SWAP requires no additional hardware beyond way partitioning--in fact, SWAP can be readily implemented in existing commercial servers whose processors  do support hardware way partitioning. I will describe how we prototyped SWAP on a 48-core Cavium ThunderX server running Linux, and obtained average speedups over no cache partitioning that are twice as large as those attained with Thunder's native hardware way partitioning alone.


This work was sponsored in part by Cavium; it will be presented at the upcoming HPCA conference in Austin, TX (http://hpca2017.org/).

Bio: José Martínez is a faculty member in the Computer systems Laboratory at Cornell University. His research work has earned several awards; among them: two IEEE Micro Top Picks papers; a HPCA Best Paper Award, and Best Paper Nominations at HPCA and MICRO; a NSF CAREER Award; two IBM Faculty Awards; and the inaugural Computer Science Distinguished Educator Alumnus Award by the University of Illinois. On the teaching side, he has been recognized with two College of Engineering Kenneth A. Goldman '71 Excellence in Teaching awards, a Ruth and Joel Spira Teaching Excellence award, twice as a Merrill Presidential Teacher, and as the 2011 Tau Beta Pi Professor of the Year in the College of Engineering.

Prof. Martínez holds a Ph.D. in Computer Science from the University of Illinois at Urbana-Champaign. He is the Editor in Chief of IEEE Computer Architecture Letters, and senior member of the ACM and the IEEE. He also serves on the Advisory Board of the Industry-Academia Partnership for architecture, networking, and storage needs of future data centers and cloud computing (IAP).

Jan Medved, Cisco, "Overcoming Performance Challenges for a Massive Distributed Data Store: Network and IoT Data Management using the OpenDaylight SDN Controller"
Abstract: The OpenDaylight SDN controller (ODL) uses the Yang modeling language to describe both its external interfaces and its internal data. Yang-described data can either be stored in ODL’s data store or passed around the system in RPCs or Notifications. This talk will describe the architecture and implementation of ODL’s high-performanc, high-scale data store that was designed specifically for Yang-formatted data.

Bio: Jan Medved is a Distinguished Engineer with Cisco Systems, where he works on SDN-related projects. He has been involved in OpenDaylight since its inception and leads the ODL development team at Cisco. Jan has designed multiple OpenDaylight applications and has worked extensively on performance and scale optimizations of ODL infrastructure. Jan has a Dipl-Ing. degree from Technical University Ilmenau, Germany and MaSC. from University of Toronto, Canada.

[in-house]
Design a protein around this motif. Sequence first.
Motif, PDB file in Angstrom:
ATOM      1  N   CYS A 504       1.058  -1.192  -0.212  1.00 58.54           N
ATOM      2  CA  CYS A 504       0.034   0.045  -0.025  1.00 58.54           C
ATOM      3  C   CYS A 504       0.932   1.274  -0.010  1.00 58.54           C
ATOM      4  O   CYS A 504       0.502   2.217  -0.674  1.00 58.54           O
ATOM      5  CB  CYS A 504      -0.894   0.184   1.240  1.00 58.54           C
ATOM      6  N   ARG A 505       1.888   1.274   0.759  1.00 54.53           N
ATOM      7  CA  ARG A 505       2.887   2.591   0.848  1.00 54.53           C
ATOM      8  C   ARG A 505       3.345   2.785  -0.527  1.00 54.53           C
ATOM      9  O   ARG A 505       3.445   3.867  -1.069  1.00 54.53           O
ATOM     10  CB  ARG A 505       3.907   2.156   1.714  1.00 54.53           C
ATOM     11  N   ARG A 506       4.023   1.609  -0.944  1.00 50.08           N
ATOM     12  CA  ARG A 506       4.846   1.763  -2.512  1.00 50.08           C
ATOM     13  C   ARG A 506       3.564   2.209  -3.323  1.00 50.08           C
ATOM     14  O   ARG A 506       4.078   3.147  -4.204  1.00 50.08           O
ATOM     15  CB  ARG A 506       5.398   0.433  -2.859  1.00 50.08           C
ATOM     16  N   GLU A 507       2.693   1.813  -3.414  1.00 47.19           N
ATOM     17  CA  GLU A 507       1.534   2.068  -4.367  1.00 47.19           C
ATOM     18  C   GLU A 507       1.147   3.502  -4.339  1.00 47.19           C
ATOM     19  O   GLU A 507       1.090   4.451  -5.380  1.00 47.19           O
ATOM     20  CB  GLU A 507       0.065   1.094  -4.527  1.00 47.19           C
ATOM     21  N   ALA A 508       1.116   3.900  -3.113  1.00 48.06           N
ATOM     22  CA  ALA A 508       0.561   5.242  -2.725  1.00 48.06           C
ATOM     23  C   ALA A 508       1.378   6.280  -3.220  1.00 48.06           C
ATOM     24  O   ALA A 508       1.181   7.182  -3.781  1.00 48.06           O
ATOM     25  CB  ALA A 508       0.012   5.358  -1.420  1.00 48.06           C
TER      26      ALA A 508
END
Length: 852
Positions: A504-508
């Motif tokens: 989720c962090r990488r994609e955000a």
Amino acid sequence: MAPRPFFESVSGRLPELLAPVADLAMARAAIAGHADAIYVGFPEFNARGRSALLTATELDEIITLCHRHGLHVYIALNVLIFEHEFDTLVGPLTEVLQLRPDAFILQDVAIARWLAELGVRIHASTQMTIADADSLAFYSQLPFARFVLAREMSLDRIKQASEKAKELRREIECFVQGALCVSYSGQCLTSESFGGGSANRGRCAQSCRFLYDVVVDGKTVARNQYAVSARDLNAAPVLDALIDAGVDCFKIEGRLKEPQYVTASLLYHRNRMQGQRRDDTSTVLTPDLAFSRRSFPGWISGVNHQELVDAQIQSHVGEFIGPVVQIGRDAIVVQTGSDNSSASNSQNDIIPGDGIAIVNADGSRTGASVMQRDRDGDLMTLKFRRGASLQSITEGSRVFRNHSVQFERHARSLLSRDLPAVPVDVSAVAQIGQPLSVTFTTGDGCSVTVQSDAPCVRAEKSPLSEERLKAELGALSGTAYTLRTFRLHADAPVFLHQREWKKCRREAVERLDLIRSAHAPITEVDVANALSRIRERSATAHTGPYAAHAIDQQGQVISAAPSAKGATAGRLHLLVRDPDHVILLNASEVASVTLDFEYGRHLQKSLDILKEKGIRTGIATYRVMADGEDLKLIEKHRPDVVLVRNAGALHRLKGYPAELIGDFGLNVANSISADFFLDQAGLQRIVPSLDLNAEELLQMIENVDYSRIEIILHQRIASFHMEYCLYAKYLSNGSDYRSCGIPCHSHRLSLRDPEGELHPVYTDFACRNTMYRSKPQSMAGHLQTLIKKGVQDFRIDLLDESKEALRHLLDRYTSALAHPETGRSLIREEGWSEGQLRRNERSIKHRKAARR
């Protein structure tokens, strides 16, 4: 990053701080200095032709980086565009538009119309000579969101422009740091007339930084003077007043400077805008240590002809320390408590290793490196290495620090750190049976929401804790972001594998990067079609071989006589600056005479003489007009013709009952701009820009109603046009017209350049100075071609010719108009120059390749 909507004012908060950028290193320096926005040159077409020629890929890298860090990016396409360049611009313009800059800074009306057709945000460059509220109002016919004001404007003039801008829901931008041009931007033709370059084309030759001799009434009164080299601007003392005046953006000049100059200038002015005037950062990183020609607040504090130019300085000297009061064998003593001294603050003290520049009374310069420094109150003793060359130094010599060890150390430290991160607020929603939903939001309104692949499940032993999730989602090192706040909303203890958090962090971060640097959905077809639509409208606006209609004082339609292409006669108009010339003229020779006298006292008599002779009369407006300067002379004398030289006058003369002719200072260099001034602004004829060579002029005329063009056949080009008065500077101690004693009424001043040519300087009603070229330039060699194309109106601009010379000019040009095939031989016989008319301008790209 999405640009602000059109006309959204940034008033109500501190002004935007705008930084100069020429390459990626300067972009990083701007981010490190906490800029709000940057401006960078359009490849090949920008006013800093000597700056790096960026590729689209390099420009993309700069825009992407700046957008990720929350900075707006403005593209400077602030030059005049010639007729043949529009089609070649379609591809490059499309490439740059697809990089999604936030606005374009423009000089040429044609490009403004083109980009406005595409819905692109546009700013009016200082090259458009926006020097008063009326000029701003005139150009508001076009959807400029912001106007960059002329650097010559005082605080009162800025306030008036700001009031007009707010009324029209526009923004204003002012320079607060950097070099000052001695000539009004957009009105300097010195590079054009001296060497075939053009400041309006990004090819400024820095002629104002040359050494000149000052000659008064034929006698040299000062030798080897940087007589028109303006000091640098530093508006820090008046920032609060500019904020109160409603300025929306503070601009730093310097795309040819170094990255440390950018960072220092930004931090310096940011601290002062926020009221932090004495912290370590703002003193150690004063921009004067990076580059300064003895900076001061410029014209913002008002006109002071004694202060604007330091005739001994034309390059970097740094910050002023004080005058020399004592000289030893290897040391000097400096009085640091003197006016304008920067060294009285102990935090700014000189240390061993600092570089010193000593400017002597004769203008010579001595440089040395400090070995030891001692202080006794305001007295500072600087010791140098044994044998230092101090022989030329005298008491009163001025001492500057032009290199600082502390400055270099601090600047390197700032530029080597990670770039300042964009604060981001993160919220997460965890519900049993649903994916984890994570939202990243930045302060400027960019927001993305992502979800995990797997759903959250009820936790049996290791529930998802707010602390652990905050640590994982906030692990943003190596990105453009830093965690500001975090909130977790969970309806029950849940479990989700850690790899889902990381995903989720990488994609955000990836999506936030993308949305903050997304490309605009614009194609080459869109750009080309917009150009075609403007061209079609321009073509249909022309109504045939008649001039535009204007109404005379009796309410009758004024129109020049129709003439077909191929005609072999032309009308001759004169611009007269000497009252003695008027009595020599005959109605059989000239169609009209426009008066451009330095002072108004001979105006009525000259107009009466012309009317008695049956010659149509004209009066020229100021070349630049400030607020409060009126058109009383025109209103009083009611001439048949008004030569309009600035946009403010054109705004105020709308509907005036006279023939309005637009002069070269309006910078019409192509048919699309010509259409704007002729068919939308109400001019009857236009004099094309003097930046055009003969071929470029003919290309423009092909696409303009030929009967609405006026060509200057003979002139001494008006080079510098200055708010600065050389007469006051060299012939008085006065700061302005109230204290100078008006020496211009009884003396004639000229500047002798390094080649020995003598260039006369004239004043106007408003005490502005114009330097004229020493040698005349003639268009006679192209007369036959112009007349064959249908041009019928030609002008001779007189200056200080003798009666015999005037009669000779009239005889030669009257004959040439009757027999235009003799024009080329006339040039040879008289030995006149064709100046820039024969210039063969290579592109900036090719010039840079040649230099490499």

Prof. Sachin Katti, Stanford, “Flashield: Shielding an SSD Cache from Evictions”
Abstract: As its price per bit drops, SSD is increasingly becoming the default storage medium for cloud application databases. However, it has not become the preferred storage medium for key-value caches, even though it offers a much lower price per bit and a sufficiently low latency compared to DRAM. This is because key-value caches need to frequently insert, update and evict small objects. This causes excessive writes and erasures on flash storage, since flash only supports writes and erasures of large chunks of data. These excessive writes and erasures significantly shortens the lifetime of flash, rendering it impractical to use for key-value caches. We present Flashield, an SSD key-value cache, which minimizes the number of writes to the SSD by using DRAM as a filter for objects that are not ideal for SSD. In order to minimize SSD writes, Flashield relies on lightweight machine learning profiling to predict which objects are the likeliest to be read frequently and will not be updated in the future, and are therefore prime candidates to be stored on SSD. In order to efficiently utilize the cache's available memory, we design a novel in-memory index for the variable-sized stored on flash that requires only 5 bytes per object on DRAM. We implemented Flashield and demonstrate that it incurs a write amplification significantly under 1×, compared to current systems, which can only achieve a write amplification of 3× and more, without any overhead in terms of hit rate or throughput.


Bio: Sachin Katti is an Associate Professor of Electrical Engineering and Computer Science at Stanford University. His research is on designing novel networked systems with a focus on leveraging ideas from coding theory and statistics and applying it to practical problems. He is also the co-founder of Kumu Networks and Uhana that have commercialized his research in mobile networking.


Prof. Peter Bailis, Stanford, MacroBase: Prioritizing Attention in Fast Data”
Abstract: As data volumes continue to grow, human attention remains limited. How can data infrastructure help? We are developing MacroBase, a new data analytics engine designed to prioritize attention in fast data streams. MacroBase identifies deviations within streams and generates potential explanations that help contextualize and summarize relevant behaviors. As the first engine to combine streaming outlier detection and streaming explanation operators, MacroBase exploits cross-layer optimizations that deliver order-of-magnitude speedups over existing alternatives while allowing flexible operation across domains including sensor, video, and relational data via extensible feature transform operators. As a result, MacroBase can deliver accurate results at speeds of up to 2M events per second per query on a single core and has begun to deliver meaningful results in production, including at an IoT deployment monitoring hundreds of thousands of vehicles.


Bio:Peter Bailis is an assistant professor of Computer Science at Stanford University. Peter's research in the Future Data Systems group (http://futuredata.stanford.edu/) focuses on the design and implementation of next-generation, post-database data-intensive systems. His work spans large-scale data management, distributed protocol design, and architectures for high-volume complex decision support. He is the recipient of an NSF Graduate Research Fellowship, a Berkeley Fellowship for Graduate Study, best-of-conference citations for research appearing in both SIGMOD and VLDB, and the CRA Outstanding Undergraduate Researcher Award. He received a Ph.D. from UC Berkeley in 2015 and an A.B. from Harvard College in 2011, both in Computer Science.